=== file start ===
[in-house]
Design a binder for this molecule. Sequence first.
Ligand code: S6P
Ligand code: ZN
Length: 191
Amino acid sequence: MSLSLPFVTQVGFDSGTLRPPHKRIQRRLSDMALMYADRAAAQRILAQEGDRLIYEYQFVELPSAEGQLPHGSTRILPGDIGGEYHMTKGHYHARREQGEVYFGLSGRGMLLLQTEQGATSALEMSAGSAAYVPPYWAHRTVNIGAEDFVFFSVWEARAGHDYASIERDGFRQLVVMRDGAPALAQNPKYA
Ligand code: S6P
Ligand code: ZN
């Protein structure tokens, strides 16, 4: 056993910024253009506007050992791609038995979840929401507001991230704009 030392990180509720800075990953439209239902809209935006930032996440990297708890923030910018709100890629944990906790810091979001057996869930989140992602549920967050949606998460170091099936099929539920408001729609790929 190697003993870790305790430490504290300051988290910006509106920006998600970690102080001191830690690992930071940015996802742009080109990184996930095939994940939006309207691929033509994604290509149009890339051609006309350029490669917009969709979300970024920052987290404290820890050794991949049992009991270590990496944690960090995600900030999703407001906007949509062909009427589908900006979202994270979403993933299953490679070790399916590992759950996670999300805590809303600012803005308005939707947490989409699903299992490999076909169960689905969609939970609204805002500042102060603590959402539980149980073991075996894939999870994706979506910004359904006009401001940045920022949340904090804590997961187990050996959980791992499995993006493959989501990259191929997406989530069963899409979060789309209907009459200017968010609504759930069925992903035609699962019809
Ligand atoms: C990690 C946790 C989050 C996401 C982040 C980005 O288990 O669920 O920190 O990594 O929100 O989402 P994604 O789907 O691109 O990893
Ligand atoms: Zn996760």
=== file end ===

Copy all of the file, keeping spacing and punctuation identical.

[in-house]
Design a binder for this molecule. Sequence first.
Ligand code: S6P
Ligand code: ZN
Length: 191
Amino acid sequence: MSLSLPFVTQVGFDSGTLRPPHKRIQRRLSDMALMYADRAAAQRILAQEGDRLIYEYQFVELPSAEGQLPHGSTRILPGDIGGEYHMTKGHYHARREQGEVYFGLSGRGMLLLQTEQGATSALEMSAGSAAYVPPYWAHRTVNIGAEDFVFFSVWEARAGHDYASIERDGFRQLVVMRDGAPALAQNPKYA
Ligand code: S6P
Ligand code: ZN
């Protein structure tokens, strides 16, 4: 056993910024253009506007050992791609038995979840929401507001991230704009 030392990180509720800075990953439209239902809209935006930032996440990297708890923030910018709100890629944990906790810091979001057996869930989140992602549920967050949606998460170091099936099929539920408001729609790929 190697003993870790305790430490504290300051988290910006509106920006998600970690102080001191830690690992930071940015996802742009080109990184996930095939994940939006309207691929033509994604290509149009890339051609006309350029490669917009969709979300970024920052987290404290820890050794991949049992009991270590990496944690960090995600900030999703407001906007949509062909009427589908900006979202994270979403993933299953490679070790399916590992759950996670999300805590809303600012803005308005939707947490989409699903299992490999076909169960689905969609939970609204805002500042102060603590959402539980149980073991075996894939999870994706979506910004359904006009401001940045920022949340904090804590997961187990050996959980791992499995993006493959989501990259191929997406989530069963899409979060789309209907009459200017968010609504759930069925992903035609699962019809
Ligand atoms: C990690 C946790 C989050 C996401 C982040 C980005 O288990 O669920 O920190 O990594 O929100 O989402 P994604 O789907 O691109 O990893
Ligand atoms: Zn996760």